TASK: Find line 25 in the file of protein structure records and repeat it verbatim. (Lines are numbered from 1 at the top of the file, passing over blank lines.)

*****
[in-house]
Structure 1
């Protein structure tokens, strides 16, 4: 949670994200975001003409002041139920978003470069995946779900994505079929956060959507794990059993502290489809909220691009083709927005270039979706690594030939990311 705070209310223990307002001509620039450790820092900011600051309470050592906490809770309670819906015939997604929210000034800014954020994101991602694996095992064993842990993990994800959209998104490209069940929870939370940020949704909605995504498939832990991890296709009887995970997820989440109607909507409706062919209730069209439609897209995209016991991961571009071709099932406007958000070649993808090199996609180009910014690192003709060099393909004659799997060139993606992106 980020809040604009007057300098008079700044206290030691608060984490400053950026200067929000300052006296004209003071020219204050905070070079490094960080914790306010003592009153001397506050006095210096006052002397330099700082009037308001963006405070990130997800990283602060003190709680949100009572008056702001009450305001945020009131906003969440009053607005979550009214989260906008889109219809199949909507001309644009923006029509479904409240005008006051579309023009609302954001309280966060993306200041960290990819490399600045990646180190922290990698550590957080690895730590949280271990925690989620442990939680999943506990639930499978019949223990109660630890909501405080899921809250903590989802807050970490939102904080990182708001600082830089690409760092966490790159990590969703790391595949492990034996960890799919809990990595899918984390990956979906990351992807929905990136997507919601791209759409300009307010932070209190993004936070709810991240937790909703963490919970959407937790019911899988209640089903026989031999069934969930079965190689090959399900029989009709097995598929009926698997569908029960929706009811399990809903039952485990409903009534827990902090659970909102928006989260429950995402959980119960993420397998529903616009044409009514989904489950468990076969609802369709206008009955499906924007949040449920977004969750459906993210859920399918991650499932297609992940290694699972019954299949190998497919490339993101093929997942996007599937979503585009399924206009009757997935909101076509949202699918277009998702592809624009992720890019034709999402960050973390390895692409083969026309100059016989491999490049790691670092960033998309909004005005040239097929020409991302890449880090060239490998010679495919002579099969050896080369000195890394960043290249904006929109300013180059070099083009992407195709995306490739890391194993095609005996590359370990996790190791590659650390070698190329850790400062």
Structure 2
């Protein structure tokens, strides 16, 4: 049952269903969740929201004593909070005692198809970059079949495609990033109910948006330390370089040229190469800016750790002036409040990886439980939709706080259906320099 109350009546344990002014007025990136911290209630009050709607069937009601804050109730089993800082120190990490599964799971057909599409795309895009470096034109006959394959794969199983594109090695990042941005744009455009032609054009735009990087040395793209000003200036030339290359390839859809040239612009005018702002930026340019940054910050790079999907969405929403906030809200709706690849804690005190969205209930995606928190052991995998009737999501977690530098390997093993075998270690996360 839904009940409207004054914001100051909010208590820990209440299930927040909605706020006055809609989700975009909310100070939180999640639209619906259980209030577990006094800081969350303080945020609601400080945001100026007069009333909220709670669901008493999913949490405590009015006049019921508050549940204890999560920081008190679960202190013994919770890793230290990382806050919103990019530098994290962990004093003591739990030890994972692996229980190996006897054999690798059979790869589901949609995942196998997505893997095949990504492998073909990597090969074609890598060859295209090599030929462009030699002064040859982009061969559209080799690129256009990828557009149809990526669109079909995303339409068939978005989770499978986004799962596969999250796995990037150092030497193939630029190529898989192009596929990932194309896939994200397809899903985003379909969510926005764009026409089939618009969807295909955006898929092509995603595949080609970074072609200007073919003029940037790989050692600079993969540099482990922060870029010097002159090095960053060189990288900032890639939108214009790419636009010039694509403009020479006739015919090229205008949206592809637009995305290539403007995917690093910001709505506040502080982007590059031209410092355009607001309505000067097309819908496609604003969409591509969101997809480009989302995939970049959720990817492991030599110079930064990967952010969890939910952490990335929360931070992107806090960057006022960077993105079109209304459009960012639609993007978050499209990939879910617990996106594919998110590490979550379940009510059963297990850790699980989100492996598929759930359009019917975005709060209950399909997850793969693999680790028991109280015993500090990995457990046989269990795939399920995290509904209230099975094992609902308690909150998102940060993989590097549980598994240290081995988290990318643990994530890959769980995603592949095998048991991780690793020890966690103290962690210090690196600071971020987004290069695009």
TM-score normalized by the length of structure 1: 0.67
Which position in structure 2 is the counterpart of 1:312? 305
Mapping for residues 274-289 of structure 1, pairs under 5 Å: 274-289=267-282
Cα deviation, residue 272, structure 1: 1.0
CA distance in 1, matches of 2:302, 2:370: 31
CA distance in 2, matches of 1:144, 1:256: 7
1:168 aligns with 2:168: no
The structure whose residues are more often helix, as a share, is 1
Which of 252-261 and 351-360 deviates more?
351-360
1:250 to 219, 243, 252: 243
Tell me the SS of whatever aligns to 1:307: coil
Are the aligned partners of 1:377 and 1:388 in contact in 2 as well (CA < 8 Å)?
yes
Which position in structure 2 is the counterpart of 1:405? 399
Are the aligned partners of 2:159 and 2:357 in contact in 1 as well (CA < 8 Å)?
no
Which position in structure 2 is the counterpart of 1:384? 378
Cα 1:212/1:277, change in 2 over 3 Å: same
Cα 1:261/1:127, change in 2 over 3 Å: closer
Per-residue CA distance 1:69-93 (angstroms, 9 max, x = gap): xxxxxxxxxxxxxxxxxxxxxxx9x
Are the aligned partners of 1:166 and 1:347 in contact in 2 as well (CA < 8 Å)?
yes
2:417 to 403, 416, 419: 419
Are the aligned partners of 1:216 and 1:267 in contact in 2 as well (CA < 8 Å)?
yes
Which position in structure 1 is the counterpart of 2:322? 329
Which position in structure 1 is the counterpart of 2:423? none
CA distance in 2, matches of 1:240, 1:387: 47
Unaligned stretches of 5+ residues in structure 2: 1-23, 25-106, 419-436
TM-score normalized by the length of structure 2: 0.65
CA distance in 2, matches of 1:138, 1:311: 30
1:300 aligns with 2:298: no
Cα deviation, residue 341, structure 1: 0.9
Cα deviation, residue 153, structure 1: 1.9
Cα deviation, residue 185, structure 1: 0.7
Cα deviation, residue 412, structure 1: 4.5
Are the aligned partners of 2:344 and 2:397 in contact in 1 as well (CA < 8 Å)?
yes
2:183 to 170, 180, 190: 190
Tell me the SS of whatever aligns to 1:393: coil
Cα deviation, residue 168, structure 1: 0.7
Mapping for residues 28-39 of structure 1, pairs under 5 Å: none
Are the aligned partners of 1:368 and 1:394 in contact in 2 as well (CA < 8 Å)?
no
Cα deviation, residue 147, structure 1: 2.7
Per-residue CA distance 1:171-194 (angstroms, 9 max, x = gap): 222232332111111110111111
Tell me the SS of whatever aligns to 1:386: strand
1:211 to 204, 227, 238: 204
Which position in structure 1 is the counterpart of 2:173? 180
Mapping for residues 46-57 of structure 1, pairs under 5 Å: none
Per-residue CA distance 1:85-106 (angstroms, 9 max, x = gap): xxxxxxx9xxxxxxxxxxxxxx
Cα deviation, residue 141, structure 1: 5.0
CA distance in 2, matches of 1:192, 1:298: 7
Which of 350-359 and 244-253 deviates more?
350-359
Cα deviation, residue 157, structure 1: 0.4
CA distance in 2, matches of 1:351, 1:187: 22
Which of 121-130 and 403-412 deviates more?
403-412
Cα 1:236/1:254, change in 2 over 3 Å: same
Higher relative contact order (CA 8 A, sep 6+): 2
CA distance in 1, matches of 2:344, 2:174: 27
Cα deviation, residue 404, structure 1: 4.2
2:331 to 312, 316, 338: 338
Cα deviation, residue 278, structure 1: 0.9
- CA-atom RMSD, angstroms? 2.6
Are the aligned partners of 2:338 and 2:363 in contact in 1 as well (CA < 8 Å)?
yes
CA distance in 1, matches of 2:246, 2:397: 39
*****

Cα 1:261/1:127, change in 2 over 3 Å: closer